I think one generalisation is true when talking about everyday illnesses – the UK system tends to stop a little short and the Polish system tends to go too far. In the UK, as you say, there’s a tendency to say “The chances are it is nothing. Go away, take these and come back if it gets worse.”. In Poland there is a reverse tendency to say “The chances are it is a brain tumour or malaria. Do these 18 tests, take these 15 drugs, don’t go to work, come back here every day for two weeks.”. In my experience, neither of these approaches are right. My leaning is towards the shorter approach with less tests and a more optimistic prognosis, which, to be fair to the Brits, is usually where it ends up anyway.

    The things you say about Poland – not waiting for a doctor or treatment, carers not neglecting their duties – might be true of Torun but they for sure are not true of Warsaw. Even with so-called private healthcare there is a wait for a GP who then just passes you off to someone else = another much longer wait with kilka tests in the meantime all at your cost usually. Even if the GP has told you to come back and see the specialist in 2 months, you still have to do the whole GP thing all over again just to be able to do what they told you to do 2 months ago. Quite ridiculous really, and wasting GP’s time when they could be seeing other patients and reducing the waiting time. The queues in the public doctors are even worse and if you want a list of times that this family has encountered Polish healthcare workers who truly don’t care whether you live or die then you’ll have to hold on because it’s really long.

    Poles who move to Britain are not opening clinics to provide a level of “service” but to provide a level of “hypochondriac_ness” that Polish patients are undoubtedly missing and many British patients may well find is to their taste. And to make money, of course.

    Neither system is perfect. I “think” an ideal health service is largely private (but far better run than Medicover) but with enough money coming out of it to fund 1/ a free service for those not able to get the private treatment, 2/ an emergency service for all in need and 3/ the less profitable research that needs to be done and is ignored by private healthcare.

    Not sure what happens in Ireland. I thought a few potatoes soaked in Guinness cured everything? :-)

  3. Jim says:

    Well having lived in Poland for awhile I can tell you what experiences I had with the medical system. My wife has myositis and requires medication to remain in remission. The drugs here in the US and the ones we bought in Poland were the same drug and even the same brand name. However, in the US the cost of the drugs is about $1800 a month in Poland the are $300 a month. So the difference is quite outstanding.
    She also had to have lab tests every three months for blood work. We usually walked into the lab and the test was done immediately. And the cost was around 45 PLN.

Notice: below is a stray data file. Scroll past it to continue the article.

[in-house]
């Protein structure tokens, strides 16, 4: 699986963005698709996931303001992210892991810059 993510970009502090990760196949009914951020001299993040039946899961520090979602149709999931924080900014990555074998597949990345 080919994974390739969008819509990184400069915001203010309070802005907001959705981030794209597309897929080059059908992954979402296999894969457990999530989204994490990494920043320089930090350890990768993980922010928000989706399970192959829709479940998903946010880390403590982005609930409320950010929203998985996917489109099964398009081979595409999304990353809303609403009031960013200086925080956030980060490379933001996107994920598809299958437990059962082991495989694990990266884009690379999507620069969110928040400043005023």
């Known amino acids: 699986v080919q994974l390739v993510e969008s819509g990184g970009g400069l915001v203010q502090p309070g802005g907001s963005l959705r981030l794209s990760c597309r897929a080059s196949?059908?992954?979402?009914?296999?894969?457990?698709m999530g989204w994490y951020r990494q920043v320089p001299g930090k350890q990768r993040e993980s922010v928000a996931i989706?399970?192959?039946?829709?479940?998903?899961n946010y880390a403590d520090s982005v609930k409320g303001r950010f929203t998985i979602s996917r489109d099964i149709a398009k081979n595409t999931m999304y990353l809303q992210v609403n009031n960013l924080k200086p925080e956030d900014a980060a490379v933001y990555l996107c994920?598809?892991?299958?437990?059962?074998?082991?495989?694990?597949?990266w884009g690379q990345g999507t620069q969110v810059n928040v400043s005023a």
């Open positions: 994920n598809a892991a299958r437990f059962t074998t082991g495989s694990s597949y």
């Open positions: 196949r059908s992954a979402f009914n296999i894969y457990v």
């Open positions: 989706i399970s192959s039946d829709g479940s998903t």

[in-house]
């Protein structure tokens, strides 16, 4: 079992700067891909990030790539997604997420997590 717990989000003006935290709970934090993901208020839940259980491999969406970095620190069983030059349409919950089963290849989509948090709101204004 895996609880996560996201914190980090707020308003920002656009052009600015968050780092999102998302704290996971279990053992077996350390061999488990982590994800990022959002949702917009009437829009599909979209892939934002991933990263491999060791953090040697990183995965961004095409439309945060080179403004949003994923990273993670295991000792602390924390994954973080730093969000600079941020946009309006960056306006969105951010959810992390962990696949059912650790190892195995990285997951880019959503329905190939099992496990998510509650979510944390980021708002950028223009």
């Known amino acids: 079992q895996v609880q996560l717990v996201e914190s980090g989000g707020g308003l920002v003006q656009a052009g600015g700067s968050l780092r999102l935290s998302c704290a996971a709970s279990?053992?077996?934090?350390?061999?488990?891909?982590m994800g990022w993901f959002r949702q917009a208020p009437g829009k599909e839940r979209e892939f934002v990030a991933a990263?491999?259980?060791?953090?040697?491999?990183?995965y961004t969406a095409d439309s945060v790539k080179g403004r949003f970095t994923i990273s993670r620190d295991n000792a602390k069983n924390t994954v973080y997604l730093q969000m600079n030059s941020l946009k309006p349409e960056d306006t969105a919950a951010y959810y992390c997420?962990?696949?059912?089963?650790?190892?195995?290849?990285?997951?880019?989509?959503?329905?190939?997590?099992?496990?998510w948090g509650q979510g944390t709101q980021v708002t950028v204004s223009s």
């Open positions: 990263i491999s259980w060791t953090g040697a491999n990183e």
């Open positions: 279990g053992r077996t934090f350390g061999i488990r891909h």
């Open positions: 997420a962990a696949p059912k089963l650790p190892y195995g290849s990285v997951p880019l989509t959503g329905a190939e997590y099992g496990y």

One night my wife had an attack of some sort high BP etc and we went to the hospital in Rypin and she was pout in intensive care. All the equipment to monitor her condition and a 24/7 nurse was in the room.
    She had specialists from cardiology and internal medicine working on her case.
    Turned out is was anxiety and stress and not a heart attack or stroke.
    Again the service was immediate no questions asked.
    Oh and the cost for this stay in the hospital was 850 PLN. She was in the hospital for a day.
    We were not in a large city, Rypin has about 18,000 people in it. We lived about 11km from the town.
    Try that in the US, forms, insurance, waiting rooms. I say the system may have faults and lines but it does work.

  4. Agnieszka says:

    Tell me about it. I live in Britain now and would never move back, but the incompetency of the NHS really grinds my gears. My partner had what we now know was a hernia, and guess what our GP advised him to do. Yep, take a couple of paracetamol. I’m not saying ALL GPs are ignorant and ALL Polish doctors are stars (don’t get me started on Polish dentists!), but it does make you wonder what exactly this person did in medical school and how it was that they ever graduated.

  5. Robert says:

    Have had experience with both (as a private not public patient)

    I will focus on Poland as I malign Poland as much as scatts (probably much more so but usually verbally, we should meet some time scatts!) We use the private Medicover system. It is absolutely outstanding. For a westerner or well paid Pole there is no other way to go in my mind. (there are of course other private groups similar to Medicover that I understand are very good as well).

    I needed to have a neurosurgical procedure done on my lower back 2 years ago – The surgeon is known as one of the top 2 in Poland and has an excellent reputation in Europe. It was done in a Polish hospital that had arrangements with Medicover. I was able to get in easily, have all pre-op tests (MRI’s CAT scans etc) done without wait. The hospital staff loved my continual butchery of their language and could not have been nicer – none of the nurses spoke English but it was not a problem. Everything was clean etc. I was very impressed – REMEMBER IT WAS PRIVATE THOUGH